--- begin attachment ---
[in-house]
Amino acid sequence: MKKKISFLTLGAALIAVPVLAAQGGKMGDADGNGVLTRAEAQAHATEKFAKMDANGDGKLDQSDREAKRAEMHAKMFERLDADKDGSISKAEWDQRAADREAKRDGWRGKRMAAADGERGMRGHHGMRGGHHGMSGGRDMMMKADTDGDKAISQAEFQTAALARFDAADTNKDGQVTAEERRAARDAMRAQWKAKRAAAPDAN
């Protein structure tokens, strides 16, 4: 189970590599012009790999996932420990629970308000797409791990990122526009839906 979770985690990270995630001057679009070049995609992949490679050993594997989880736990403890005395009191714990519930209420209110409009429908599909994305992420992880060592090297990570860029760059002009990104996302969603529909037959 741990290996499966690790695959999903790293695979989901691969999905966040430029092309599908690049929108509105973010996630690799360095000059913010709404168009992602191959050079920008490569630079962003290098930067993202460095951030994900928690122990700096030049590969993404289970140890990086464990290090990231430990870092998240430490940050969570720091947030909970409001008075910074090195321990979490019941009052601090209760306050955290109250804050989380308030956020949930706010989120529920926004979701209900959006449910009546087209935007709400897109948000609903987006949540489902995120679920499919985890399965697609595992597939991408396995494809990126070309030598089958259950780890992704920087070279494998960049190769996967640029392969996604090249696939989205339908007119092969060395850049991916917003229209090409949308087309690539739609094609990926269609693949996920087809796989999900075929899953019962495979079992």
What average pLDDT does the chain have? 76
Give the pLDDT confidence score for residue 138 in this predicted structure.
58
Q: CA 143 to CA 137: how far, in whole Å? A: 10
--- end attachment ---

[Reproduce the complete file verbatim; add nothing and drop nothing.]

[in-house]
Amino acid sequence: MKKKISFLTLGAALIAVPVLAAQGGKMGDADGNGVLTRAEAQAHATEKFAKMDANGDGKLDQSDREAKRAEMHAKMFERLDADKDGSISKAEWDQRAADREAKRDGWRGKRMAAADGERGMRGHHGMRGGHHGMSGGRDMMMKADTDGDKAISQAEFQTAALARFDAADTNKDGQVTAEERRAARDAMRAQWKAKRAAAPDAN
């Protein structure tokens, strides 16, 4: 189970590599012009790999996932420990629970308000797409791990990122526009839906 979770985690990270995630001057679009070049995609992949490679050993594997989880736990403890005395009191714990519930209420209110409009429908599909994305992420992880060592090297990570860029760059002009990104996302969603529909037959 741990290996499966690790695959999903790293695979989901691969999905966040430029092309599908690049929108509105973010996630690799360095000059913010709404168009992602191959050079920008490569630079962003290098930067993202460095951030994900928690122990700096030049590969993404289970140890990086464990290090990231430990870092998240430490940050969570720091947030909970409001008075910074090195321990979490019941009052601090209760306050955290109250804050989380308030956020949930706010989120529920926004979701209900959006449910009546087209935007709400897109948000609903987006949540489902995120679920499919985890399965697609595992597939991408396995494809990126070309030598089958259950780890992704920087070279494998960049190769996967640029392969996604090249696939989205339908007119092969060395850049991916917003229209090409949308087309690539739609094609990926269609693949996920087809796989999900075929899953019962495979079992």
What average pLDDT does the chain have? 76
Give the pLDDT confidence score for residue 138 in this predicted structure.
58
Q: CA 143 to CA 137: how far, in whole Å? A: 10